is the school system not up to it, why does Vietnam always look at Singapore as the target of success. Very interesting questions for the next coming years, were would the Blue Dragon go? To sum it all up one can say the following, Vietnam has another eight maximum ten years in the developing phase if competitiveness will be there, salary levels are on the rise and soon other regional countries will come back in the market on a competitive level. The government needs to let go of the old criteria, cut away red tape issues, push for democratic reform and make sure that investors stay or come forward on the basis of sound economic development and return on investment. But never the less, the past twenty years living in the land of the Blue Dragon I have no regrets, the country, it’s people and living in such an environment has been an experience I would not like to be without, the positive sides outpace the negative on the whole scale of being here for twenty odd years. Krister Kling

“…living in the land of the Blue Dragon… …it’s people and living in such an environment has been an experience”

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When in France B&B in Espinasse Vozelle Aux Jardins des Thévenets An old barn transformed into the most wonderful small place to stay. Breakfast and dinner with the owners and other guests in the garden. www.jardins-des-thevenets.com

When in Switzerland Brasserie in Geneva Café du Centre, Place du Molard 5 Moules, huitres, fruits de mer. The oldest and best brasserie in Geneva. Established 1933 and it is truly a heaven both for the eye and the palate. www.cafeducentre.ch

When in Italy Restaurant in Milano Navigli Trattoria Ponte Rosso, Ripa di Porte Ticinese 23 The menu follow the local season of ingredients. A dinner here is a momorable moment and you will return. www.trattoriaponterosso.it

When in Sweden Hot dogs in Borås Särlakoket, Göteborgsvägen 10 When only the best is good enough. Typical Swedish hot dog street restaurant for sausage, mashed potatoes, shrimp sallad, roasted onion, ketchup, mustard and more…

When in Germany Bar and Restaurant in Berlin Strandbad Mitte, Kleine Hamburger Str. 16 Right in the heart of Mitte quarters in Berlin. The service is just amazing. Good food in a nice environment. We also tried the breakfast and it was spot-on. www.strandbad-mitte.de

When in Hong Kong Restaurant on Hong Kong Island Little Bao, 66 Staunton Street, Central Cross-over food presented as pieces of art. The taste is great and staff knows to take care of the guests. The burgers – all with a twist – are a must. www.little-bao.com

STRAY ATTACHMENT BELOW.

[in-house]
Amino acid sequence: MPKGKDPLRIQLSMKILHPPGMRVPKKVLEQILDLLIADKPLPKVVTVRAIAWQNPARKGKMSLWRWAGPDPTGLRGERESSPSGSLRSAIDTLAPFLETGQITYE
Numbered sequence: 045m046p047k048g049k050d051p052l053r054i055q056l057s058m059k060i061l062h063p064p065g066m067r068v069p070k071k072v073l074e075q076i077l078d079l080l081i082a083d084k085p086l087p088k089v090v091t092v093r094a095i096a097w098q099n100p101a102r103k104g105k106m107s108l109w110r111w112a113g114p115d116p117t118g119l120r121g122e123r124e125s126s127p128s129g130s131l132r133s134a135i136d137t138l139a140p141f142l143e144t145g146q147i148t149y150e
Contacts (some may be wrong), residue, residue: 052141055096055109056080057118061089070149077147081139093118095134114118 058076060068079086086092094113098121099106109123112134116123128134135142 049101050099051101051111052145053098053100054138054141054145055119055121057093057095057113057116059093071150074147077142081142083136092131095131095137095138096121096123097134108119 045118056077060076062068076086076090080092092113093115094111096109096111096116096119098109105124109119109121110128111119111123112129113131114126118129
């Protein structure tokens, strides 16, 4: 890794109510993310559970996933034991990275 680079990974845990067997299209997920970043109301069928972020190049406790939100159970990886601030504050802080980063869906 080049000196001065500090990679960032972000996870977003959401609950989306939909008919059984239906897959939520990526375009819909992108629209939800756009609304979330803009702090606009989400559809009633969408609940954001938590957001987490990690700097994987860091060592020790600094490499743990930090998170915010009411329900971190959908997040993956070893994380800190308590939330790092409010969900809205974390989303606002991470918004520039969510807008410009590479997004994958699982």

When in Denmark Restaurang in Odense Gröntorvet from 1724, SortebrödreTorv 9 HC Andersen hometown. Have “Smörrebröd” the traditional Danish sandwish and “en lille en”.. www.restaurantgrontorvet.dk

When in Skåne Inn in Skanör Skanörs Gästgiveri, Mellangatan 13 In beautiful Skanör the best place to eat or stay is here. We ended up having a Mårten Gås dinner (traditional goose) a dark november evening. www.skanorsgastis.com

When in Austria Scnitzel Restaurant in Vienna Figlmüller, Wollzeile 5 The home of the schnitzel for more than 100 years. www.figlmuller.at.

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JOHAN & JOHAN Gazette


HC MC - V i e t na m

F i r s t d ay i n t h e n e w o f f i c e

Johan & Johan (Vietnam) Co. Ltd. TNR Tower, Room 42, 9th Fl. 180-192 Nguyen Cong Tru St. Nguyen Thai Binh Ward Dist. 1 Ho Chi Minh City Vietnam

Why start in Vietnam? The market is already big enough for Johan & Johan and the demand is expected to develop quickly in the coming years for higher quality products. With a very high birth rate, and a population of more than 95,000,0000, baby, kids, and mother products is a promising segment which we will start with. Secondly we want to confirm that our business model is scalable and that a new market can start quickly, at low cost and risk by leveraging the HQ competences and infrastructure. We want to know this before setting the long-term strategy in Asia. Our aim is to follow the same business model in Vietnam as we have executed in China – with some local adjustments. So far with 3-4 months of experience - our thesis about the scalability of our business model seems to be right. It is of course interesting for our prospects and existing clients to choose/ have a partner that can serve several markets in the region. On top of this we love the country – its people and the food:-)